Next, click on the Dial Patterns tab and set the values shown in the image below. These will recognise calls to 999 and 112, with or without the outside line prefix.
Step 14: Adding inbound routes
To receive calls from outside, an inbound route must be defined. This tells the PBX where to route incoming calls based on the number called (referred to as DID) and the caller ID (CID).
Mouse over Connectivity on the menu bar and select Inbound Routes from the menu. Click on Add Inbound Route. On the General tab, enter your main office phone number in the DID Number box, without any spaces. Enter it in the same format that your VoIP provider used when they gave it to you. Add a description for this inbound route in the box provided at the top of the section. At the bottom of the section, set the destination to the ring group we created earlier, then click the Submit button at the bottom right.
Click on the Apply Changes button at the top right to commit the new configuration entries to the PBX.
Step 15: Add cloud firewall rules for your phones and trunk provider
In order for the phones and the VoIP trunk provider to communicate with the PBX, we will need to add some access rules to the cloud provider's firewall settings for this virtual machine.
You need to open ports 5060-5061 and 10000-20000 for both TCP and UDP protocols from the IP addresses of your trunk provider and your office. This rule will allow the phones and the trunk provider to communicate with the PBX properly. Refer to your cloud provider's documentation for details on how to configure the firewall.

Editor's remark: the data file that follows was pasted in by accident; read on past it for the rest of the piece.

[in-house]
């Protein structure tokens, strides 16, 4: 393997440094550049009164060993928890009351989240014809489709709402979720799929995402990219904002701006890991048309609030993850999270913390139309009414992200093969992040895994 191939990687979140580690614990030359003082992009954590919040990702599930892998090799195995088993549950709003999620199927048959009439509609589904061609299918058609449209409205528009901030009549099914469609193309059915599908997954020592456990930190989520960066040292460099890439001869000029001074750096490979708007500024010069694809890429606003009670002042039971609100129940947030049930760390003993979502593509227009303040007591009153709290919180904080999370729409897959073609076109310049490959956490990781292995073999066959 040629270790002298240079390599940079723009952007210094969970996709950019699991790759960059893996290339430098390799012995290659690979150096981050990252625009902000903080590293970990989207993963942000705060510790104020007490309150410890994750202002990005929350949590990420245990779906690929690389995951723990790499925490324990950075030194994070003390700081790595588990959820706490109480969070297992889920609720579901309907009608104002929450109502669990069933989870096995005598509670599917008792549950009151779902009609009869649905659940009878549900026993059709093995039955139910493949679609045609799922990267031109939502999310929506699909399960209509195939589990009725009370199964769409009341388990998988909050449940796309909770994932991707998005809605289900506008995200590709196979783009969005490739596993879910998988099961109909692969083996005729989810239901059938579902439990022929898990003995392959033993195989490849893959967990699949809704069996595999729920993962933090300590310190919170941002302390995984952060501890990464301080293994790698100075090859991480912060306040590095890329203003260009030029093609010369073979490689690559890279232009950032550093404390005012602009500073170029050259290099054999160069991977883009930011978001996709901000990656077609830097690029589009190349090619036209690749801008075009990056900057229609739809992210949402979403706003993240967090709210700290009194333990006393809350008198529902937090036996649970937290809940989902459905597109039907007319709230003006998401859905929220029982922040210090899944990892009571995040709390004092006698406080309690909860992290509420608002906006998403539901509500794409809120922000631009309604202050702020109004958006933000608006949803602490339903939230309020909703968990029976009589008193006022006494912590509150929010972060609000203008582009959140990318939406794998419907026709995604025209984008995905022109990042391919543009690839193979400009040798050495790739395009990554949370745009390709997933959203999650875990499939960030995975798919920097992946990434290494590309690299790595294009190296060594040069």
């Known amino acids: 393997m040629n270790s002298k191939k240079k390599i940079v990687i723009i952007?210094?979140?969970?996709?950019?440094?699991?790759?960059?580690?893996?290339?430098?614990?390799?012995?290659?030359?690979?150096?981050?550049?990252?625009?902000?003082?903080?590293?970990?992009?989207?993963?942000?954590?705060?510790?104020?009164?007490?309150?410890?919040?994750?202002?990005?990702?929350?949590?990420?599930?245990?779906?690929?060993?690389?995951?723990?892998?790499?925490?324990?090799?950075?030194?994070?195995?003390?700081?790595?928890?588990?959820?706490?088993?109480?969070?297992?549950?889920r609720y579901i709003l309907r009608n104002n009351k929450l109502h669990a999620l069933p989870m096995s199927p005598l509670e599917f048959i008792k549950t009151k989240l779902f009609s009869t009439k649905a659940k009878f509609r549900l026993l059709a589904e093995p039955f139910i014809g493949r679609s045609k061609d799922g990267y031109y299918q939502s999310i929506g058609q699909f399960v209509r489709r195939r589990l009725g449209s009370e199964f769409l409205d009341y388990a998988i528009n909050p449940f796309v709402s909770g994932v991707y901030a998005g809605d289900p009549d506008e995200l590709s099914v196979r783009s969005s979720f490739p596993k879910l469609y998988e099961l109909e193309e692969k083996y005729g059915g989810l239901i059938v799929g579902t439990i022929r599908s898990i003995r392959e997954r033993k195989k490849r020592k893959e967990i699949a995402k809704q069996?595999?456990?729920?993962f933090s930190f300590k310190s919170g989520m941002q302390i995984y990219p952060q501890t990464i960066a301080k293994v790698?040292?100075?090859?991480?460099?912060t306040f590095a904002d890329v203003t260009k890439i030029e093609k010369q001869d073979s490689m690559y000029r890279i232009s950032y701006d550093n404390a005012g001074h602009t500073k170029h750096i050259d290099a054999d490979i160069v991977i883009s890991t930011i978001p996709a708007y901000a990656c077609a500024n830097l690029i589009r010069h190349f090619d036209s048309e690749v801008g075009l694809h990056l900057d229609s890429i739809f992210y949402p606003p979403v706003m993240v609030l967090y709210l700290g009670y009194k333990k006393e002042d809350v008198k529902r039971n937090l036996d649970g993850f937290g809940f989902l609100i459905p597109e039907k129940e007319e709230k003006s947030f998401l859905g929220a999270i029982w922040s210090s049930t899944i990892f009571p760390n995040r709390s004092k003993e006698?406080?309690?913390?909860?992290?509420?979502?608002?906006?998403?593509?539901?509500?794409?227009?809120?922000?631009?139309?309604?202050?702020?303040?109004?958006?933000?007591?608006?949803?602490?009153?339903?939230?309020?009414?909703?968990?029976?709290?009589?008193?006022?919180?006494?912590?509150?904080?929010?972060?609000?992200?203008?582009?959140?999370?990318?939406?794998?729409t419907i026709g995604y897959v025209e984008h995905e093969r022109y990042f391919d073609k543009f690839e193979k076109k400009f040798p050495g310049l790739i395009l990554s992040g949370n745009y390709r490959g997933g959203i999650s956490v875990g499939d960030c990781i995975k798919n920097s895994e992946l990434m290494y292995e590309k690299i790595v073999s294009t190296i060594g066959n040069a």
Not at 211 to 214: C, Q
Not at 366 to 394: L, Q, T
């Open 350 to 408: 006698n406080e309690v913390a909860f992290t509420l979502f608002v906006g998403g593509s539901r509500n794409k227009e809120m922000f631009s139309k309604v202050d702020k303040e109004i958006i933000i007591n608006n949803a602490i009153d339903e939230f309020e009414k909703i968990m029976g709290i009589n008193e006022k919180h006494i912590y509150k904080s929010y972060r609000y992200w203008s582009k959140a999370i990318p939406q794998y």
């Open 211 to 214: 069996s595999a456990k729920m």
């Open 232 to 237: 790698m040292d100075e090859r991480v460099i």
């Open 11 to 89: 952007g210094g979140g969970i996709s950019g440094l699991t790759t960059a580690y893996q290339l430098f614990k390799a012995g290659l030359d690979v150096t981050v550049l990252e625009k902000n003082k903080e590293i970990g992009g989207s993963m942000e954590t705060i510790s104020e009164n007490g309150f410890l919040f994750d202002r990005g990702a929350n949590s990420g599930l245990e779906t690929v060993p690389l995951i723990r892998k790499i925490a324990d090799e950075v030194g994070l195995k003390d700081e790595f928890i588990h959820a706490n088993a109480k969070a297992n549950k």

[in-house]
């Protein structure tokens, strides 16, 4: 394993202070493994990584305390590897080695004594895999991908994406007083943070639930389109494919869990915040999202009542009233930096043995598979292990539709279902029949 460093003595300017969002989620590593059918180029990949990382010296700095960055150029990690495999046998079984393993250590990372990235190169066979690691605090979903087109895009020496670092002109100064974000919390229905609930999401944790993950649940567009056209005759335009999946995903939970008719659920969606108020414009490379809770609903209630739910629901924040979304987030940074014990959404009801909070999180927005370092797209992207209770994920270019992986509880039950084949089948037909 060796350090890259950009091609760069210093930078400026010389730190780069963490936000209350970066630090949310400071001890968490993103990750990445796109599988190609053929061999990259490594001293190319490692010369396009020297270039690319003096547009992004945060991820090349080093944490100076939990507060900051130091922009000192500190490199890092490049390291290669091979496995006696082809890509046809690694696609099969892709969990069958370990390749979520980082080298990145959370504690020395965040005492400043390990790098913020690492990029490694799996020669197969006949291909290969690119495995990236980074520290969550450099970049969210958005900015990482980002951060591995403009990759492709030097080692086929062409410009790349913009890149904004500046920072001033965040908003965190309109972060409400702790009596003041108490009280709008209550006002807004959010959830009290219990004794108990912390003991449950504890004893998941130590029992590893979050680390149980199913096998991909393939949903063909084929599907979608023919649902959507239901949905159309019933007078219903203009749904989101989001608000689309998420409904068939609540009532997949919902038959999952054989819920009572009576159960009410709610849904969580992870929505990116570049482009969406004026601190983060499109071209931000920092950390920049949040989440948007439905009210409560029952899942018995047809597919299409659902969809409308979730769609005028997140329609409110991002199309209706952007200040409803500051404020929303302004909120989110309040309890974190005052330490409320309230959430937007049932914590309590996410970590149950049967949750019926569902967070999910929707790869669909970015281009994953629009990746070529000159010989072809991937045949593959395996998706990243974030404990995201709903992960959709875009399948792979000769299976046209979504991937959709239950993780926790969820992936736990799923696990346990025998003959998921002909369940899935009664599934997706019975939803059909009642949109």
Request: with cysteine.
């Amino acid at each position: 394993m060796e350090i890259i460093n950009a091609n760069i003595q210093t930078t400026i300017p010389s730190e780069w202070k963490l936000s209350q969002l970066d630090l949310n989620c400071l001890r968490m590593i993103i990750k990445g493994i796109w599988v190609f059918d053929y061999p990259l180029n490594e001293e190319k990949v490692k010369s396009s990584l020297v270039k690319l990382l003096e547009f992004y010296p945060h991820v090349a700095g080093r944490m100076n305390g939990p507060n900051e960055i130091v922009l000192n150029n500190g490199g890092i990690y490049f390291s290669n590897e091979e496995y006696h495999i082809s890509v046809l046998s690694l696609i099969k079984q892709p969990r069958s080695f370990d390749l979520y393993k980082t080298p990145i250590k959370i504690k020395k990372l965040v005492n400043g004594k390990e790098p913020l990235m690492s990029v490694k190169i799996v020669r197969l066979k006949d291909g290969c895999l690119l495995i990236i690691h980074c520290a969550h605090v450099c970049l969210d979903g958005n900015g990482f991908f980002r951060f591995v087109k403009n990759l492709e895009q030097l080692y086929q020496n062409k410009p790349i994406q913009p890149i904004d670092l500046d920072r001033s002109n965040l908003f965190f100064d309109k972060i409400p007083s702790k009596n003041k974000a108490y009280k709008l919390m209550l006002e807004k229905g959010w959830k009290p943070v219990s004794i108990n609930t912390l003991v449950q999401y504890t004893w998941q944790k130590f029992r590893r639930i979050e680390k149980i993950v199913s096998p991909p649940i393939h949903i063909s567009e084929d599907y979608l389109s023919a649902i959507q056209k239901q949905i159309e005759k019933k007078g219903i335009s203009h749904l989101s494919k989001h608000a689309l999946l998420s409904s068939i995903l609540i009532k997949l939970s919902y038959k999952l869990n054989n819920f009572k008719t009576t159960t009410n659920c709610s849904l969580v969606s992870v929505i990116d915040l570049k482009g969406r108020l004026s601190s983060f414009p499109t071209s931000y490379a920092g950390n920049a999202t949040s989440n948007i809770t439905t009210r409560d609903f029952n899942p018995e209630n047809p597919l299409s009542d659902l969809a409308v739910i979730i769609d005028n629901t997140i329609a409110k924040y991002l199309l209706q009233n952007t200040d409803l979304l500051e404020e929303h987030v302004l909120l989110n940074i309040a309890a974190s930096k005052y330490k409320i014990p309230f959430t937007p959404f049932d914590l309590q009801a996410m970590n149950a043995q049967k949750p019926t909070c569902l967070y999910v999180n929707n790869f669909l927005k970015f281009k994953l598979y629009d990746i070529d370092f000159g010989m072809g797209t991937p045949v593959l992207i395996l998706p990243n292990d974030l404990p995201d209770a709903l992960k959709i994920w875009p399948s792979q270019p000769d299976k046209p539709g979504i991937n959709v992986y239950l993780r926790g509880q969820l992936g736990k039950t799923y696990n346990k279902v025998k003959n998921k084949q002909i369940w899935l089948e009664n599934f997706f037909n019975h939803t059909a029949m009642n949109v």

Capacity and costs
Your VM requirements, and therefore your costs, for the cloud PBX will depend entirely on your requirements. A basic PBX for an office with only a few staff won't need much in the way of resources, and could run happily on a low-power virtual machine with a single core and 2GB RAM.
However, if you have several hundred users making a large number of simultaneous calls, then you'll need a significantly more powerful virtual machine with much more memory. Likewise, site-to-site VPNs vary in price depending on your requirements.
Don't choose a larger virtual machine than you actually need, and don't use the site to site VPN features unless you really need them. Only provision what you actually require, and you'll keep your costs to a minimum.
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K.G. is a journalist, technical writer, developer and software preservationist. Alongside the accumulated experience of over 20 years spent working with Linux and other free/libre/open source software, their areas of special interest include IT security, anti-malware and antivirus, VPNs, identity and password management, SaaS infrastructure and its alternatives.
You can get in touch with K.G. via email at email@example.com.